I remember while growing up, the Sunday before November 11th everyone in the small town and nearby farms where we lived would buy a poppy and wear it. Everyone! The lack of such remembrance in our country today saddens me. England’s remembrance this year is awesome. Take a look. And another.
For our veterans: “It is the soldier, not the reporter, who has given us freedom of the press. It is the soldier, not the poet, who has given us freedom of speech. It is the soldier, not the organizer, who has given us the freedom to demonstrate. It is the soldier, Who salutes the flag, who serves beneath the flag, and whose coffin is draped by the flag, who allows the protestor to burn the flag.” Author: Charles Michael Province, U.S. Army
Thank you for your service and sacrifice.
History of Veterans Day: [Not to be confused with Memorial Day which is for remembering those who gave their lives for freedom, this is to honor all who have served.]
In 1918, on the 11th hour of the 11th day of the 11th month, an armistice or truce between Germany and the Allied nations came into effect. In 1919, U.S. President Woodrow Wilson proclaimed November 11 as Armistice Day, saying the day should be “filled with solemn pride in the heroism of those who died in the country’s service and with gratitude for the victory”.
On May 13, 1938, an Act was approved which made November 11 a legal holiday known as Armistice Day. This day was originally intended to honor veterans of World War I, but a few years later World War II required the largest mobilization of service men in the history of the United States. The Korean War started in 1950 and was followed by the Vietnam War, with more wars to come.
In 1954, the veteran’s service organizations urged Congress to change the word “Armistice” to “Veterans”. Congress approved this change and on June 1, 1954, November 11 became a day to honor all American veterans, whereever and whenever they had served. It is a day mostly intended to honor and thank the veterans who are still living for their dedication and loyal service to their country, and for Americans to be “filled with gratitude for the victory”.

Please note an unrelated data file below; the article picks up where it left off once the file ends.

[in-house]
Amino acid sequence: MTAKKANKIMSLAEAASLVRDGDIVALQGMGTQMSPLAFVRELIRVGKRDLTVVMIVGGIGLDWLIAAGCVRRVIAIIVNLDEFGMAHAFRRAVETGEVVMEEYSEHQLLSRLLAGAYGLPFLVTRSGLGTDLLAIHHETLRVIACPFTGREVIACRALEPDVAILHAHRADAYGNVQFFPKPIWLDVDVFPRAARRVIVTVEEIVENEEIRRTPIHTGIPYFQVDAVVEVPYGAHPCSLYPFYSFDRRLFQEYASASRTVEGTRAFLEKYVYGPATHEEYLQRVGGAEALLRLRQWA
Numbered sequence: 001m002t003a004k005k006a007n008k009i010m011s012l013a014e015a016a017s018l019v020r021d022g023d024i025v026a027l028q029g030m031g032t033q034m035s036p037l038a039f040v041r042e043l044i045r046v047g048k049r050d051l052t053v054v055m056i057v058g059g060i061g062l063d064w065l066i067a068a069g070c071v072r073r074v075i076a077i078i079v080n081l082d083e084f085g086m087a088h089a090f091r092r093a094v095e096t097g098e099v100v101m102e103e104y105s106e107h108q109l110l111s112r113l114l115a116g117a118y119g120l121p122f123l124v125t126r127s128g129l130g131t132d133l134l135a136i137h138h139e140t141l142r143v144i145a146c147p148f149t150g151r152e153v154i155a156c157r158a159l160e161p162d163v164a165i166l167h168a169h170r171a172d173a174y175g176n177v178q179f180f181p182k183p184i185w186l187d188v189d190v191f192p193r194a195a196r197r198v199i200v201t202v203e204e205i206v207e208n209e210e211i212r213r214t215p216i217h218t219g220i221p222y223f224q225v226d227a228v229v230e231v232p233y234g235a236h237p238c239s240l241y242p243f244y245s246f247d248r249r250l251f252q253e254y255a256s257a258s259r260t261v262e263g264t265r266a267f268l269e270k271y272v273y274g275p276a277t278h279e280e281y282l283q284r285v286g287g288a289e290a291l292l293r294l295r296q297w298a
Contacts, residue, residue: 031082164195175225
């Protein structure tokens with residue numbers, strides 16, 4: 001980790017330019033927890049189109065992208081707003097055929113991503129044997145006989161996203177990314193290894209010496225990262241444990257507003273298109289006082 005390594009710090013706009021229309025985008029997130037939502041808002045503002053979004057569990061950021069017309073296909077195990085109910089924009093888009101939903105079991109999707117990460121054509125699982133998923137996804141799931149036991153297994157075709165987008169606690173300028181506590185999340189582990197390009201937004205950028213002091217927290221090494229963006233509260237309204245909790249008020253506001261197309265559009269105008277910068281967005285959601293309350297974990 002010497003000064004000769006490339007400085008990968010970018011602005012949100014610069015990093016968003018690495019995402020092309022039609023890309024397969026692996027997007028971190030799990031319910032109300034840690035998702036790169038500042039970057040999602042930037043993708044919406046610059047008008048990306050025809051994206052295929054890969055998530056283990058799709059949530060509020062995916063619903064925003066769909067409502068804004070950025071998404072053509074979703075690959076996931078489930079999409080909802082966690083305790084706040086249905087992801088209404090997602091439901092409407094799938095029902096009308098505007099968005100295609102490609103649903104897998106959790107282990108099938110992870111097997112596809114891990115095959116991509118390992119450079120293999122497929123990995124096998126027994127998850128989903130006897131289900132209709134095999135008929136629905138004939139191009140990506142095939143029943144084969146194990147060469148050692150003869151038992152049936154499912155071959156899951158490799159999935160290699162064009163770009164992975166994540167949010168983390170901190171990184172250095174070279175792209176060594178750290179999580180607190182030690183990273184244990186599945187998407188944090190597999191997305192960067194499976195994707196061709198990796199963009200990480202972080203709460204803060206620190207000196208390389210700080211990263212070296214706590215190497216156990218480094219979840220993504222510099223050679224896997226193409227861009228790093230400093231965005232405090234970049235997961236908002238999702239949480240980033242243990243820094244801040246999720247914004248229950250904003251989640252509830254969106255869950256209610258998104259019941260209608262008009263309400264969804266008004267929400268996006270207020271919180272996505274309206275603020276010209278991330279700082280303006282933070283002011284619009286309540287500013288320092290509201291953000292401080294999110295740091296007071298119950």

Life’s Little Adventures
So just realized that I didn’t summarize all the wonderful and ‘other’ events of 2013 (probably because very little exceptional did happen). So in this (a belated post), in no particular order, are the ‘memorables’:
Both our ferrets (Smiley and Happy) died in 2013. They were quite elderly and had lived longer than ferrets usually do.
Our Taz-Dog died. He, too, was quite elderly and had been blind for several years. Blindness/going blind was difficult for him since he did earn his name for the “Tazmanian Devil” whirl he would do when he got excited. There was nothing that he loved more than racing around at full speed throughout the yard. Blindness and going slow was quite difficult for him to adjust to.
I already summarized my wonderful experience with computer repair people in another post.
Hubbers had his surgery and all seems to be going well (surgery was successful).
Son finished army intel school and was assigned to a duty station in Hawaii (he asked for Alaska — go army).
I had a small health issue occurance, and at hubber’s insistence, went to a doctor for the first time in 10-15 years. [I don’t like going to doctors.] Once you go they “find stuff” so you get to keep going back AND visit other specialists, have tests run, etc. [Did I say I dislike going to doctors and taking medicine? – It isn’t that I don’t appreciate what they do, I am glad they are there. I just don’t like going.] I think they must be keeping a colony of vampires in fresh blood with all that they take from people.
We had lovely weather most of the year – I like my seasons and during 2013 they were each nicely distinct from one another.
So overall – not much exciting happened last year!